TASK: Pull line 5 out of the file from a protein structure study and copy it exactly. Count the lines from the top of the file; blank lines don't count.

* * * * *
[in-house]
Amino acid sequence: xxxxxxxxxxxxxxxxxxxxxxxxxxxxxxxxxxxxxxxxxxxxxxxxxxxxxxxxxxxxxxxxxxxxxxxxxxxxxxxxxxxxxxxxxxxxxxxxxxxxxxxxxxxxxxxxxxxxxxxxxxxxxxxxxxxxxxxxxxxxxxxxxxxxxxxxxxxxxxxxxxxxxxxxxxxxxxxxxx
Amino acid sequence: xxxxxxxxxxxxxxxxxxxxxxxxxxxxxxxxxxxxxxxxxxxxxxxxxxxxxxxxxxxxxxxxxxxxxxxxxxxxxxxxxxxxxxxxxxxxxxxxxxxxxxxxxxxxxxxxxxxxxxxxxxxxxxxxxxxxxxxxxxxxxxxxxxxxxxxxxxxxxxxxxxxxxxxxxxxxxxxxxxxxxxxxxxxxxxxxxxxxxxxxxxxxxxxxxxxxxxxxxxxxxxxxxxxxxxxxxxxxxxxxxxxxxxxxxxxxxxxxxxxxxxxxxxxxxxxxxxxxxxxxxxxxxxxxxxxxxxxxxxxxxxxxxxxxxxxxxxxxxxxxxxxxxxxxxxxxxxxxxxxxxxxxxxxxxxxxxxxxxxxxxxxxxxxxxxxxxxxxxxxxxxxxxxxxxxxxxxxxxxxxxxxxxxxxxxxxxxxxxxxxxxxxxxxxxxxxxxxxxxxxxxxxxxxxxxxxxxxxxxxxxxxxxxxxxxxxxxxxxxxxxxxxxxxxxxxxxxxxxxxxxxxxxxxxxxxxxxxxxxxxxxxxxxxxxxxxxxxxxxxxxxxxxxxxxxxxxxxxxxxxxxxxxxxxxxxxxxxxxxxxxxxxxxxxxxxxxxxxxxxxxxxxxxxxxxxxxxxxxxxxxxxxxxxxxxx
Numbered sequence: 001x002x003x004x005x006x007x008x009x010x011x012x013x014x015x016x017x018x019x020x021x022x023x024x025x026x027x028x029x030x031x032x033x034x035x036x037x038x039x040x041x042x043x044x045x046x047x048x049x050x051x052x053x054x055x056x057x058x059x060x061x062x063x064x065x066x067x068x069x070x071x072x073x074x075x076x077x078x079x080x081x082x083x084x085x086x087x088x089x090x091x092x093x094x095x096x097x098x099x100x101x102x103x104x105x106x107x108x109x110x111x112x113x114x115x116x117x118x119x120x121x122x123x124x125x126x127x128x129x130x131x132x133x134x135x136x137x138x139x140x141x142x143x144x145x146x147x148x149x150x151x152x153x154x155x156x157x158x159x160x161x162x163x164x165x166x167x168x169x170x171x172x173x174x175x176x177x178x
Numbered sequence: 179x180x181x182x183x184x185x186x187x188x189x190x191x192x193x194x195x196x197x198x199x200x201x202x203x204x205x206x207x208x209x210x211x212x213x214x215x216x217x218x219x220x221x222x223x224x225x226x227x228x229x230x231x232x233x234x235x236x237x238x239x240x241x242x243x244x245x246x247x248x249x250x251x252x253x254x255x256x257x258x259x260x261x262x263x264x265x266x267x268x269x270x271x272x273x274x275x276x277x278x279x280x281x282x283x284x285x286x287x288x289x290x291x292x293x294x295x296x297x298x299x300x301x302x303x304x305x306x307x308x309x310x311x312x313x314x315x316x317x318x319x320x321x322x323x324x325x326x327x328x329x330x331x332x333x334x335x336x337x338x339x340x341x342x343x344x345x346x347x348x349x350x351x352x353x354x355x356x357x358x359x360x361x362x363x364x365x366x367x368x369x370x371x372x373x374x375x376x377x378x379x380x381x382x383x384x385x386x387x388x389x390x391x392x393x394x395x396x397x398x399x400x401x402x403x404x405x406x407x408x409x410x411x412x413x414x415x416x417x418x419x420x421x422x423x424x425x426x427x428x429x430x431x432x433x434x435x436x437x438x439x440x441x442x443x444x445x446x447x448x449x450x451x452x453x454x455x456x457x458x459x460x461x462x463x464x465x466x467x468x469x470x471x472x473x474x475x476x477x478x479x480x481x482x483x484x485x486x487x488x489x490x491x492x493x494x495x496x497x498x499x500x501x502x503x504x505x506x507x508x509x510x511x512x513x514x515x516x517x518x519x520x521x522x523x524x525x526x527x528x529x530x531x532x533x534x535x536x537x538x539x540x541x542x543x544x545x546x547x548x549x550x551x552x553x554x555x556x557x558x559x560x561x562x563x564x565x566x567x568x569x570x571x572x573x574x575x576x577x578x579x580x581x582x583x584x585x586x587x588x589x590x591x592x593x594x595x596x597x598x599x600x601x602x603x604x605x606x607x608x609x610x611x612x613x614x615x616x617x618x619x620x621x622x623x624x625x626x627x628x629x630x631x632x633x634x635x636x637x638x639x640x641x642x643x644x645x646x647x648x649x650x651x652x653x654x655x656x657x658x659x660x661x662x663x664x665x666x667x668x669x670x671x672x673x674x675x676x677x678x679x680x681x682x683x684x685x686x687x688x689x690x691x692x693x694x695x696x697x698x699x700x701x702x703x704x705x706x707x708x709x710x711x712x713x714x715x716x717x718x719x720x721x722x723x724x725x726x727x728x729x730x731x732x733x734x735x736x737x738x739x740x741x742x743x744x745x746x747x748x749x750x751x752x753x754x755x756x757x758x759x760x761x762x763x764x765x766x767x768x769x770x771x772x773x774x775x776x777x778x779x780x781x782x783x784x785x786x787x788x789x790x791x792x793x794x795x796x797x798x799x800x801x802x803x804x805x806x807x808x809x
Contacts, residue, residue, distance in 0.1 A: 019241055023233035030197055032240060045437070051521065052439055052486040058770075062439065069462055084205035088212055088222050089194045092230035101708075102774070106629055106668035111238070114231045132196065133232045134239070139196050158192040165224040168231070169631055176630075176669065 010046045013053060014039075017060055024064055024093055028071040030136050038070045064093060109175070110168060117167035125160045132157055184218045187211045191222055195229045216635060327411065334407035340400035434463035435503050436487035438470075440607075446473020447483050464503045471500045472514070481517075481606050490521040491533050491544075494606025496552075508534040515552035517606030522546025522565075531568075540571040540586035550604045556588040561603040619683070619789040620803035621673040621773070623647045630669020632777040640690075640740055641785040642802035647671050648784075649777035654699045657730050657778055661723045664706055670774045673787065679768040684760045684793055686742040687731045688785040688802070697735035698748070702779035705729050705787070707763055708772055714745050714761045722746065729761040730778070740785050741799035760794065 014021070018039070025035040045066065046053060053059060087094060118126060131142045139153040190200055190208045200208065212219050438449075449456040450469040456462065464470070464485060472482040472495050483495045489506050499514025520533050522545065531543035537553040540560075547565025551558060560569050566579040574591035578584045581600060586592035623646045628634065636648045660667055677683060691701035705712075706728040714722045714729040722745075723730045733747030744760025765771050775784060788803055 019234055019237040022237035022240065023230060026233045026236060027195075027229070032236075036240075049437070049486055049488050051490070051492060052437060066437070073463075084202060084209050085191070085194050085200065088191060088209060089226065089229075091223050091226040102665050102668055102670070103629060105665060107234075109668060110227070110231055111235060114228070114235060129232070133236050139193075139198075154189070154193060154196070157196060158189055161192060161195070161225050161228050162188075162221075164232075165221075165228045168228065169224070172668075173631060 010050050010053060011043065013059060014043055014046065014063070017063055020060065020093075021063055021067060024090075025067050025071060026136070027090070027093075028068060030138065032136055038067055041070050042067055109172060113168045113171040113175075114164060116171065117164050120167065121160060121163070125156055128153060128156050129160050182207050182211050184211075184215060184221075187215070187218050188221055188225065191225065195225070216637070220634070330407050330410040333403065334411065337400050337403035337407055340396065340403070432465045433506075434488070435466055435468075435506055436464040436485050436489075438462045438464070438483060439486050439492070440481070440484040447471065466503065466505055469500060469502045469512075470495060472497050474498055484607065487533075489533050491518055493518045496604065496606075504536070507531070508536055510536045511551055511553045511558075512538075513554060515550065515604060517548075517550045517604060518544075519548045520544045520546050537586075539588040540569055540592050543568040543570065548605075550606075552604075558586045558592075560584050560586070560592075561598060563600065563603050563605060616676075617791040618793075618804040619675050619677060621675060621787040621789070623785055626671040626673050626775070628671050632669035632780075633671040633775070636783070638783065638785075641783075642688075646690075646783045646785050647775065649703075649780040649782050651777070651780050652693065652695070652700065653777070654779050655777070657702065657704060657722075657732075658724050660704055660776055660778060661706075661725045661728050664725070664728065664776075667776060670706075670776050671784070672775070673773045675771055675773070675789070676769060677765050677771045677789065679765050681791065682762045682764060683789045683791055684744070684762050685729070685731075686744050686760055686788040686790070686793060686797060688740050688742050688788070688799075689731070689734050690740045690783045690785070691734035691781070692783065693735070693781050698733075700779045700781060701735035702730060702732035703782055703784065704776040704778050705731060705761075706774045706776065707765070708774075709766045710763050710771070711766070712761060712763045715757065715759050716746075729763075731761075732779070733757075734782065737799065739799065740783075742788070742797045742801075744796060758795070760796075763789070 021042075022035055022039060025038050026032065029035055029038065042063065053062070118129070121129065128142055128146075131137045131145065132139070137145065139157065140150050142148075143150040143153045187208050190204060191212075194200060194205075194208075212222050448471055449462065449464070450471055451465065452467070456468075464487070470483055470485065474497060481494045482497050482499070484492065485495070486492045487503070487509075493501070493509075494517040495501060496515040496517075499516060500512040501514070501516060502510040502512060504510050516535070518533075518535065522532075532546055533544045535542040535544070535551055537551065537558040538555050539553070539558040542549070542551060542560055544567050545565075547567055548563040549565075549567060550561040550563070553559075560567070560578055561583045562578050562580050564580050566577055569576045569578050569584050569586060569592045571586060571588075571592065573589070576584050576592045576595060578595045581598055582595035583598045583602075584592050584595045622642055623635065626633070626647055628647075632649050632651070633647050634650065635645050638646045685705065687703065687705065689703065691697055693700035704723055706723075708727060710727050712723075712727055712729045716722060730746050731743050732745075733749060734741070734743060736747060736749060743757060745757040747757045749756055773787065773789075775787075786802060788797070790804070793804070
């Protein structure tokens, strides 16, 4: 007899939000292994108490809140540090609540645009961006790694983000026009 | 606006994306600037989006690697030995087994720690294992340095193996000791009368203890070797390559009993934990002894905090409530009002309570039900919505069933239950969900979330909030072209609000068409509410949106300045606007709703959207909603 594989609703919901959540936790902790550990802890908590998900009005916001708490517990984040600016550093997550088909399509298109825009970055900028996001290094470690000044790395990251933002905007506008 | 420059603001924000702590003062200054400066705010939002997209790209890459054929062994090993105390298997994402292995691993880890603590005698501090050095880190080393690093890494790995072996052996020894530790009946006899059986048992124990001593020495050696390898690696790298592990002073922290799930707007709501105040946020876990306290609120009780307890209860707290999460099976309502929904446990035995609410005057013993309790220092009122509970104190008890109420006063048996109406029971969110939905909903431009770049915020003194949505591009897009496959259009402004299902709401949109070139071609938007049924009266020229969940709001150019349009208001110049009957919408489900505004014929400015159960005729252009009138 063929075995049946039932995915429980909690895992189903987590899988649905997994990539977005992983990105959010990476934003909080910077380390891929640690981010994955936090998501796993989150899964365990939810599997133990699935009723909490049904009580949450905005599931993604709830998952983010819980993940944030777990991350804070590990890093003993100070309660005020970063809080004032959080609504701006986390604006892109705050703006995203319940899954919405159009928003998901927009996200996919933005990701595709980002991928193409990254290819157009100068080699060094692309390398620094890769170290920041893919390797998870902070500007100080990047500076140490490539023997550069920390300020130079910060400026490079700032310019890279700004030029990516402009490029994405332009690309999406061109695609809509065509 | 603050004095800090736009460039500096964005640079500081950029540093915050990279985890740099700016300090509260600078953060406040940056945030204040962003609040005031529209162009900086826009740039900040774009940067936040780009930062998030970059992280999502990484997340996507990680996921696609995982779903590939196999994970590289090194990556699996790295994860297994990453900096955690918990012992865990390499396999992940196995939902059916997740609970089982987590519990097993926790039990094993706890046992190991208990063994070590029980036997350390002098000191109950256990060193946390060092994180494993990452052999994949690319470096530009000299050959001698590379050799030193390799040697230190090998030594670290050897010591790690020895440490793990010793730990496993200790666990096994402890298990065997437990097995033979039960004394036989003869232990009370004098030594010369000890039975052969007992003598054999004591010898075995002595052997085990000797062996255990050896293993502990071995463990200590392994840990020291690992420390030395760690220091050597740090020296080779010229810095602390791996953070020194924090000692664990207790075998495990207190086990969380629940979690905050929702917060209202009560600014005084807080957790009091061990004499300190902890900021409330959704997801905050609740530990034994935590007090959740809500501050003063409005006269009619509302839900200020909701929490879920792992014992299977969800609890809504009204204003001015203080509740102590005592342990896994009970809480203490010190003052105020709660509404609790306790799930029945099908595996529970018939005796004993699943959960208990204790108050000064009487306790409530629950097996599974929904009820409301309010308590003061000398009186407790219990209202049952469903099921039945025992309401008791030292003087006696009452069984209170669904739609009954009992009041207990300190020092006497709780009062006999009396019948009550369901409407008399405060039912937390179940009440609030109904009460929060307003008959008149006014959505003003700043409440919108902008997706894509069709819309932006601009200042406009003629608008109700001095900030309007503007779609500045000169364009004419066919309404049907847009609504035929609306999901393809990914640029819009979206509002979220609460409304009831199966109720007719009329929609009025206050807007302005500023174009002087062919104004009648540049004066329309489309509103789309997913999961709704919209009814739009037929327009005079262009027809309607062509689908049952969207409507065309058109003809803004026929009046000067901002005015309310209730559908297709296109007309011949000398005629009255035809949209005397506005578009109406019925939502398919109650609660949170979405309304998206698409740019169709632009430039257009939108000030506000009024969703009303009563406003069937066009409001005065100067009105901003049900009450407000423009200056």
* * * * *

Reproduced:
Numbered sequence: 179x180x181x182x183x184x185x186x187x188x189x190x191x192x193x194x195x196x197x198x199x200x201x202x203x204x205x206x207x208x209x210x211x212x213x214x215x216x217x218x219x220x221x222x223x224x225x226x227x228x229x230x231x232x233x234x235x236x237x238x239x240x241x242x243x244x245x246x247x248x249x250x251x252x253x254x255x256x257x258x259x260x261x262x263x264x265x266x267x268x269x270x271x272x273x274x275x276x277x278x279x280x281x282x283x284x285x286x287x288x289x290x291x292x293x294x295x296x297x298x299x300x301x302x303x304x305x306x307x308x309x310x311x312x313x314x315x316x317x318x319x320x321x322x323x324x325x326x327x328x329x330x331x332x333x334x335x336x337x338x339x340x341x342x343x344x345x346x347x348x349x350x351x352x353x354x355x356x357x358x359x360x361x362x363x364x365x366x367x368x369x370x371x372x373x374x375x376x377x378x379x380x381x382x383x384x385x386x387x388x389x390x391x392x393x394x395x396x397x398x399x400x401x402x403x404x405x406x407x408x409x410x411x412x413x414x415x416x417x418x419x420x421x422x423x424x425x426x427x428x429x430x431x432x433x434x435x436x437x438x439x440x441x442x443x444x445x446x447x448x449x450x451x452x453x454x455x456x457x458x459x460x461x462x463x464x465x466x467x468x469x470x471x472x473x474x475x476x477x478x479x480x481x482x483x484x485x486x487x488x489x490x491x492x493x494x495x496x497x498x499x500x501x502x503x504x505x506x507x508x509x510x511x512x513x514x515x516x517x518x519x520x521x522x523x524x525x526x527x528x529x530x531x532x533x534x535x536x537x538x539x540x541x542x543x544x545x546x547x548x549x550x551x552x553x554x555x556x557x558x559x560x561x562x563x564x565x566x567x568x569x570x571x572x573x574x575x576x577x578x579x580x581x582x583x584x585x586x587x588x589x590x591x592x593x594x595x596x597x598x599x600x601x602x603x604x605x606x607x608x609x610x611x612x613x614x615x616x617x618x619x620x621x622x623x624x625x626x627x628x629x630x631x632x633x634x635x636x637x638x639x640x641x642x643x644x645x646x647x648x649x650x651x652x653x654x655x656x657x658x659x660x661x662x663x664x665x666x667x668x669x670x671x672x673x674x675x676x677x678x679x680x681x682x683x684x685x686x687x688x689x690x691x692x693x694x695x696x697x698x699x700x701x702x703x704x705x706x707x708x709x710x711x712x713x714x715x716x717x718x719x720x721x722x723x724x725x726x727x728x729x730x731x732x733x734x735x736x737x738x739x740x741x742x743x744x745x746x747x748x749x750x751x752x753x754x755x756x757x758x759x760x761x762x763x764x765x766x767x768x769x770x771x772x773x774x775x776x777x778x779x780x781x782x783x784x785x786x787x788x789x790x791x792x793x794x795x796x797x798x799x800x801x802x803x804x805x806x807x808x809x